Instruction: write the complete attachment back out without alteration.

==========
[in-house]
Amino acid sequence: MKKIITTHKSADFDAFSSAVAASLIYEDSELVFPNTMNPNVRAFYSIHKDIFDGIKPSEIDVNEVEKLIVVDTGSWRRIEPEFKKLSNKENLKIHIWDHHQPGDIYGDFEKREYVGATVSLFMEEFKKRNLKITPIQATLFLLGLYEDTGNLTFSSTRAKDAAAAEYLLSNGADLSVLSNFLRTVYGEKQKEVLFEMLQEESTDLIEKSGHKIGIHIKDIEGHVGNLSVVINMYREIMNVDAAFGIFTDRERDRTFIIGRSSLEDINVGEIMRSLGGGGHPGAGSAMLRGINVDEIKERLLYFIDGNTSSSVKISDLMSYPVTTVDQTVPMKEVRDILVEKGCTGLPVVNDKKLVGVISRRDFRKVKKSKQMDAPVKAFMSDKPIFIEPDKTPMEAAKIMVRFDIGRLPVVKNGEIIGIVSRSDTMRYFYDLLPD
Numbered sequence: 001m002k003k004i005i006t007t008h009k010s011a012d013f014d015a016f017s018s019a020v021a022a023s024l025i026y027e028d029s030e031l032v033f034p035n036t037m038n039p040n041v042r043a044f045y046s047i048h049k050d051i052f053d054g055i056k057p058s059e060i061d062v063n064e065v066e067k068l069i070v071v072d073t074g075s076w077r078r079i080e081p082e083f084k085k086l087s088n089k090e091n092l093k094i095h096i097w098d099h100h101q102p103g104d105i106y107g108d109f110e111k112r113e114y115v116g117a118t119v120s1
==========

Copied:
[in-house]
Amino acid sequence: MKKIITTHKSADFDAFSSAVAASLIYEDSELVFPNTMNPNVRAFYSIHKDIFDGIKPSEIDVNEVEKLIVVDTGSWRRIEPEFKKLSNKENLKIHIWDHHQPGDIYGDFEKREYVGATVSLFMEEFKKRNLKITPIQATLFLLGLYEDTGNLTFSSTRAKDAAAAEYLLSNGADLSVLSNFLRTVYGEKQKEVLFEMLQEESTDLIEKSGHKIGIHIKDIEGHVGNLSVVINMYREIMNVDAAFGIFTDRERDRTFIIGRSSLEDINVGEIMRSLGGGGHPGAGSAMLRGINVDEIKERLLYFIDGNTSSSVKISDLMSYPVTTVDQTVPMKEVRDILVEKGCTGLPVVNDKKLVGVISRRDFRKVKKSKQMDAPVKAFMSDKPIFIEPDKTPMEAAKIMVRFDIGRLPVVKNGEIIGIVSRSDTMRYFYDLLPD
Numbered sequence: 001m002k003k004i005i006t007t008h009k010s011a012d013f014d015a016f017s018s019a020v021a022a023s024l025i026y027e028d029s030e031l032v033f034p035n036t037m038n039p040n041v042r043a044f045y046s047i048h049k050d051i052f053d054g055i056k057p058s059e060i061d062v063n064e065v066e067k068l069i070v071v072d073t074g075s076w077r078r079i080e081p082e083f084k085k086l087s088n089k090e091n092l093k094i095h096i097w098d099h100h101q102p103g104d105i106y107g108d109f110e111k112r113e114y115v116g117a118t119v120s1